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Back to Shortest Path Problem. On to Course Summary and Evaluation.

**Held** Tuesday, May 9, 2000

**Overview**

Today we conclude our discussion of graphs.

**Notes**

- Reminder: Attendance Wednesday is mandatory!
- I"ll bring carrots
- Those who don't attend will receive negative extra credit

**Contents**

**Summary**

- Course topics, Revisited
- Object-Oriented Programming and Program Design
- Algorithms: Analysis, Common, Design
- Data Structures: Design issues, Common
- Java Programming

- Time for official course evaluation

- What's the running time of this algorithm?
- We'll need to talk about the number of nodes in the graph (
*n*) and the number of edges (*m*). - During initialization, we visit each node once, which should be
O(
*n*) in any reasonable implementation. - In the main loop, we remove each node from
*Est*once, so there are O(*n*) repetitions of the main loop. - We look at each edge twice (one for each node connected to the
edge), so the ``update distances'' part takes O(
*m*) across the whole algorithm. (*m*is the number of edges) - How long does it take to find the smallest distance in
*Est*? For the structures we've learned, O(*n*). - We've find the smallest distance O(
*n*) times. - So, the running time is O(
*n*^2 +*m*). - Since
*m*is in O(*n*^2), the running time is O(*n*^2). - That's a significant improvement over the previous algorithm.

- Can we improve this running time? In particular, can we speed up
the determination of the smallest distance in
*Est*? - We might consider using a Heap, since we're doing a lot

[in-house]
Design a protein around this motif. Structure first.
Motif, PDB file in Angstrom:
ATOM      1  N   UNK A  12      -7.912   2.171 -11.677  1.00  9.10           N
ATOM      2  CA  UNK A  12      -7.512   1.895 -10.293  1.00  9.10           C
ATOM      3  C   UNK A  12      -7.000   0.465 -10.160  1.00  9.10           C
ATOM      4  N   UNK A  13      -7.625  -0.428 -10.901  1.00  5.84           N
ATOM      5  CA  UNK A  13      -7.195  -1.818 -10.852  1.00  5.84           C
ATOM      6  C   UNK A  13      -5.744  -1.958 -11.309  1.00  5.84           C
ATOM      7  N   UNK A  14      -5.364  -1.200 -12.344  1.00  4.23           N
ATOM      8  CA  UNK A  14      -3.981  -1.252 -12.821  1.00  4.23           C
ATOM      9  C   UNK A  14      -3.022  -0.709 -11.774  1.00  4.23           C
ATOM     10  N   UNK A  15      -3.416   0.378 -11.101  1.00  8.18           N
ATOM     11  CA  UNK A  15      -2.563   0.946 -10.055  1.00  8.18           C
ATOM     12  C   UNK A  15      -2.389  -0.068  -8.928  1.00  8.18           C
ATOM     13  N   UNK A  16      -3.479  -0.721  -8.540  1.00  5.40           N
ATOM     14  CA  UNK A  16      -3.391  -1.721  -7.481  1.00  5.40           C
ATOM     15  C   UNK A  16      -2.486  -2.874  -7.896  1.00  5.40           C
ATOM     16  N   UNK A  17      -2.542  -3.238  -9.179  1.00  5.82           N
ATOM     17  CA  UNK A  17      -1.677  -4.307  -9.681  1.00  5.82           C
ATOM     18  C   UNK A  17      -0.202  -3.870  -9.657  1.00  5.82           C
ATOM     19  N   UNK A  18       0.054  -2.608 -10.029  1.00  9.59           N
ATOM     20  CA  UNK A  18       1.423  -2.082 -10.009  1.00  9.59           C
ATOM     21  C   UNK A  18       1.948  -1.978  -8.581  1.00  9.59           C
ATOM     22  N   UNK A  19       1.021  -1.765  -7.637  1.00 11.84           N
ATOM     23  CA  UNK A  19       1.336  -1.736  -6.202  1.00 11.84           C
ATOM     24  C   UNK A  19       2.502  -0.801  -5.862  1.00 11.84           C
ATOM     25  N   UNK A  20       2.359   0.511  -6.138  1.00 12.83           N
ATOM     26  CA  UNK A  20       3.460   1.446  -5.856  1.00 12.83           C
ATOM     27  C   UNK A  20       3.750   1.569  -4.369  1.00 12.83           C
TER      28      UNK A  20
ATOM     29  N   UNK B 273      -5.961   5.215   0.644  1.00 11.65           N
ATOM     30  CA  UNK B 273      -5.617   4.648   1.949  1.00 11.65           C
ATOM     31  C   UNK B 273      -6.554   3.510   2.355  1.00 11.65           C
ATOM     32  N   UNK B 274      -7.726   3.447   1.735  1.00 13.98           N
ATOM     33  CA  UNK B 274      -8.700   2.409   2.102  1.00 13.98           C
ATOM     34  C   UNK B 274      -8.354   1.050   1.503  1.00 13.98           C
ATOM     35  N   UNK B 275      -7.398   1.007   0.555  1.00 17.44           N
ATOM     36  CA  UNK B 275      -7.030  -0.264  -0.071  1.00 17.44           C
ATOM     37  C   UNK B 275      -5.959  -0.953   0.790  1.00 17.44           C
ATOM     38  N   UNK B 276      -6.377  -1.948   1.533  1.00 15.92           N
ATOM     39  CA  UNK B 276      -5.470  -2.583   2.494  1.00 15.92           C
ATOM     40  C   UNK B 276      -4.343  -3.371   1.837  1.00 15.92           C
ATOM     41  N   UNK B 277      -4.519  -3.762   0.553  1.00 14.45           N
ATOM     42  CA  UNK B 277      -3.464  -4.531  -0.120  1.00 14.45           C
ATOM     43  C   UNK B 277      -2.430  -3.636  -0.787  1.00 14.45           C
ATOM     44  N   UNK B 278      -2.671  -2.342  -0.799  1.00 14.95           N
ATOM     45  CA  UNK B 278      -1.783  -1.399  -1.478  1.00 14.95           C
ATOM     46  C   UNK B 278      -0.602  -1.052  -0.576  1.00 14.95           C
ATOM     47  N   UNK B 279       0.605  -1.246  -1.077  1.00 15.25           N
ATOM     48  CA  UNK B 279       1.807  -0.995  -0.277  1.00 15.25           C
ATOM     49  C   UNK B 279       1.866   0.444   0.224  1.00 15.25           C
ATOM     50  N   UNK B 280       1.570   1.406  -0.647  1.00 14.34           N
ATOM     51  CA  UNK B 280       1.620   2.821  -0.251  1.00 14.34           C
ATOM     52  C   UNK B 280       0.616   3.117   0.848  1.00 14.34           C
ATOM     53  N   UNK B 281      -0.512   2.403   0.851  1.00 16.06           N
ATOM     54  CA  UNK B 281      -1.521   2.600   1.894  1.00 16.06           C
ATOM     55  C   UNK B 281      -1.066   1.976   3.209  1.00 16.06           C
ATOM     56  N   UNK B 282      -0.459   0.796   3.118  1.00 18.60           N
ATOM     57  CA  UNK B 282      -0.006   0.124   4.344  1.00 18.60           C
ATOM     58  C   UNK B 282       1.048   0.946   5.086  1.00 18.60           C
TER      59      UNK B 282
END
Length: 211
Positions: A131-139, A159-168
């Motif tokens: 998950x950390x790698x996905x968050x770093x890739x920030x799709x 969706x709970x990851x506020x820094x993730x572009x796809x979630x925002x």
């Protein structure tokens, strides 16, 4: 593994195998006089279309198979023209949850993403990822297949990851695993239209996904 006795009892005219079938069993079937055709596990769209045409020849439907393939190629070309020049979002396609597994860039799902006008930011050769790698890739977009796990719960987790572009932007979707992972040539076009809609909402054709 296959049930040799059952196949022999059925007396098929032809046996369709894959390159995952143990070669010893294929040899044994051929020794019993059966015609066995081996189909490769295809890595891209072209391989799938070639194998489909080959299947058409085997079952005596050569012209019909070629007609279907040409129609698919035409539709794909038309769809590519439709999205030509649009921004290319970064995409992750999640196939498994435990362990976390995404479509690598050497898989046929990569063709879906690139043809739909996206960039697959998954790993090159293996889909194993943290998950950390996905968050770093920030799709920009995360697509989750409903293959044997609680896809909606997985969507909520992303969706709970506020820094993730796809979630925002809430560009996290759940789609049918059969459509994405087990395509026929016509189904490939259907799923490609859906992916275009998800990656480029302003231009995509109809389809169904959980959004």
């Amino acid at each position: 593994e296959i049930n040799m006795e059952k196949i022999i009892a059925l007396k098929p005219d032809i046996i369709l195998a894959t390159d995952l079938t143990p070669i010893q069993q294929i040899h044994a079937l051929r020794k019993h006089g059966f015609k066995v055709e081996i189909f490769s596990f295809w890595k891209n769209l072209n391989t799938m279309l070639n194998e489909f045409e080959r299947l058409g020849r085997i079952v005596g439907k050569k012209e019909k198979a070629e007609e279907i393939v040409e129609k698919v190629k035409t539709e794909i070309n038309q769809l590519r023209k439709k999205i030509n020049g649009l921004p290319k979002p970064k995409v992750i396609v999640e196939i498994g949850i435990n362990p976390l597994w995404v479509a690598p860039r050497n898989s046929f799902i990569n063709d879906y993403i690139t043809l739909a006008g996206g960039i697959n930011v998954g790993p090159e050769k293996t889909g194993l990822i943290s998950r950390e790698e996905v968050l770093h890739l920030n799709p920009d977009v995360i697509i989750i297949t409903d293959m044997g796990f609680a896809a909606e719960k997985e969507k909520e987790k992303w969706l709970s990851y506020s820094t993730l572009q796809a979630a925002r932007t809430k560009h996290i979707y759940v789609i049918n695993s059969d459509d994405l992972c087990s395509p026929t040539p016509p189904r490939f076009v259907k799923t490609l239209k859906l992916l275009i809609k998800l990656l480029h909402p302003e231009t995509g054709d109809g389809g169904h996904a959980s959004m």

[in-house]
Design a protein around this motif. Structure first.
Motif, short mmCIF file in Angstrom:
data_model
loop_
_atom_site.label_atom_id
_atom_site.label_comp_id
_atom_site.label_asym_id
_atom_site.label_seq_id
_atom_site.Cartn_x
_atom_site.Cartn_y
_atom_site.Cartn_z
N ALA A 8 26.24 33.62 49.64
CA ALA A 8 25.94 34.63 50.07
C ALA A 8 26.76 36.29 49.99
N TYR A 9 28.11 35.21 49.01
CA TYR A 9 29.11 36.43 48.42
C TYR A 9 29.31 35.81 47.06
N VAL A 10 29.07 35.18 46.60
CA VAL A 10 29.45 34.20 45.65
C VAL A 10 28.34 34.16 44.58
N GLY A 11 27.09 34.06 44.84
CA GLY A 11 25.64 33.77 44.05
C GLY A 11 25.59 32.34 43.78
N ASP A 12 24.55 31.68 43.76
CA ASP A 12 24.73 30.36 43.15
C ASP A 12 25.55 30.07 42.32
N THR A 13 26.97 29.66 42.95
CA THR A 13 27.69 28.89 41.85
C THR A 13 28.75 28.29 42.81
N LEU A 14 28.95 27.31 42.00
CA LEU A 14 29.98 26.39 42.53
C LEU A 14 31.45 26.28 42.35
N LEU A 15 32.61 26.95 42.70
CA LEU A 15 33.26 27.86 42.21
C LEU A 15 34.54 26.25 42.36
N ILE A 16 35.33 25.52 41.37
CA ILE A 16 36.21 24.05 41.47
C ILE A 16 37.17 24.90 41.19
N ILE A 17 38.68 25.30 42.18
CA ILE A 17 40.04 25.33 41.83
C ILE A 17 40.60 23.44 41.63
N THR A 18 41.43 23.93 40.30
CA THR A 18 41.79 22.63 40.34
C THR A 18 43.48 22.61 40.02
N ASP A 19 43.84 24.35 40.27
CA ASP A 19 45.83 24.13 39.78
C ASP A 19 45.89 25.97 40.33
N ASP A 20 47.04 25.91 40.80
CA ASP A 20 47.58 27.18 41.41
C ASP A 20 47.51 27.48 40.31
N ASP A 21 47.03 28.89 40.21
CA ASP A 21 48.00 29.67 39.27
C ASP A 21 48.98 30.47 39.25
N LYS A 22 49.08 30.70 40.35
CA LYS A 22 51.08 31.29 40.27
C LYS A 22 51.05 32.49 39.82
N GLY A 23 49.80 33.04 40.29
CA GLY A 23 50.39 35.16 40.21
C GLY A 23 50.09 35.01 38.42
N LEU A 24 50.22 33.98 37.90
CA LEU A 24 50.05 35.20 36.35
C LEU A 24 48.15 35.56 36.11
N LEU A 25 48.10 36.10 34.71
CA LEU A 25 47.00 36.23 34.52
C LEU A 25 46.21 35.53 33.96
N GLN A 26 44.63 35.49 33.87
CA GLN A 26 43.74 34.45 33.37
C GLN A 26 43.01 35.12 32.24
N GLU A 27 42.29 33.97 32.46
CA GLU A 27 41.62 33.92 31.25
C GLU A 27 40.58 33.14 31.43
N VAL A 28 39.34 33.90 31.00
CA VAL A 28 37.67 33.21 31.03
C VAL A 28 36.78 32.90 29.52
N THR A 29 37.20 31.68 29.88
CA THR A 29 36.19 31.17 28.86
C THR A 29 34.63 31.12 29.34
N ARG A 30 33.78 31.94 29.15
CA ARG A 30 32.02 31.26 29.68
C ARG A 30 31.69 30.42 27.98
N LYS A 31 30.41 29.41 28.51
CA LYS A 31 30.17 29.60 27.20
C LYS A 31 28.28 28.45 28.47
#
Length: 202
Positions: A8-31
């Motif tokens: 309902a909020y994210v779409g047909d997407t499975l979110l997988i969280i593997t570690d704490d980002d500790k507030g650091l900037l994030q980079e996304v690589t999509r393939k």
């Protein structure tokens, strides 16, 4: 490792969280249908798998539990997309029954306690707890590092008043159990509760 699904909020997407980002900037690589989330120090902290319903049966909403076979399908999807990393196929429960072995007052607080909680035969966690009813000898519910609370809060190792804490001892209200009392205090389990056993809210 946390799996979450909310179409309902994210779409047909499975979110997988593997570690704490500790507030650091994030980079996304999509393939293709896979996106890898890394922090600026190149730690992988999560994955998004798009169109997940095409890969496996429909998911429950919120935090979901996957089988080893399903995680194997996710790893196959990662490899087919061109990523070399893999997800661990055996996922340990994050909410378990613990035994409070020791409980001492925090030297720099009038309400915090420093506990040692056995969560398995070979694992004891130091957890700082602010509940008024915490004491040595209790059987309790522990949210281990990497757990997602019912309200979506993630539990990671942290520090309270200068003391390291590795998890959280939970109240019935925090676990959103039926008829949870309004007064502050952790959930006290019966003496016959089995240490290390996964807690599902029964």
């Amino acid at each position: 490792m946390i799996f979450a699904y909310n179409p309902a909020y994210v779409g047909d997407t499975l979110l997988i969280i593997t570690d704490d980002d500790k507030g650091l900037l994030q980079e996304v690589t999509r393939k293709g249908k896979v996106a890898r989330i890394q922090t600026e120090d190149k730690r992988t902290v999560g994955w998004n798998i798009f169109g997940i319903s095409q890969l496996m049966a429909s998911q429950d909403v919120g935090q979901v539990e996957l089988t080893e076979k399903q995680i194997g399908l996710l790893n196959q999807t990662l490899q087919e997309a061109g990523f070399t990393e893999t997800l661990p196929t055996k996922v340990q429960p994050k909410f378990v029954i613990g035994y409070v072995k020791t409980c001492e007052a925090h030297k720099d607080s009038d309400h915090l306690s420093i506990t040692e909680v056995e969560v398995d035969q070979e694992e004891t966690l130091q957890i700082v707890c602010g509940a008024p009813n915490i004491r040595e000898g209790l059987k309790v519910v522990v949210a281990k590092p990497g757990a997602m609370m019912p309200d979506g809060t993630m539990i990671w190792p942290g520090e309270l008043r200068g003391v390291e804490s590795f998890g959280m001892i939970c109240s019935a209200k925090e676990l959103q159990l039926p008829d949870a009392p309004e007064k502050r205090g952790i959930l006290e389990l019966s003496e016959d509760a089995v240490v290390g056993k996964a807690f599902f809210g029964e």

of
*removeSmallest*.- However, we do change priorities of objects, and Heaps aren't
designed to easily support that operation. (How might you support
a
`changePriority`

method?) - A data structure that you might learn in 301 (if you take 301), the Fibonacci heap, provides this method efficiently.

- However, we do change priorities of objects, and Heaps aren't
designed to easily support that operation. (How might you support
a

- The algorithm, as given, finds the length of the shortest path,
rather than the actual shortest path.
*How do we find the shortest path?* - It turns out a rather minor change to the algorithm makes it easy to find the shortest path. When we update the distance to a node, we also keep track of the node that led to that distance (the prior node).

- The
*Traveling Salescritter Problem*is, in effect, a variant of shortest path. Instead of finding the shortest path between two nodes, you find the shortest path (or cycle) that visits every node in the graph. - Our ``brute force'' solution works here.
- List all paths
- Find the shortest

- That's an O(n!) algorithm
- Surprisingly, no one has found a substantially better algorithm
(in terms of big-O analysis).
- In fact, there are a class of problems with no known algorithms
that run in time less than O(2
^{n}). - It's an open problem as to whether a better solution can exist.

- In fact, there are a class of problems with no known algorithms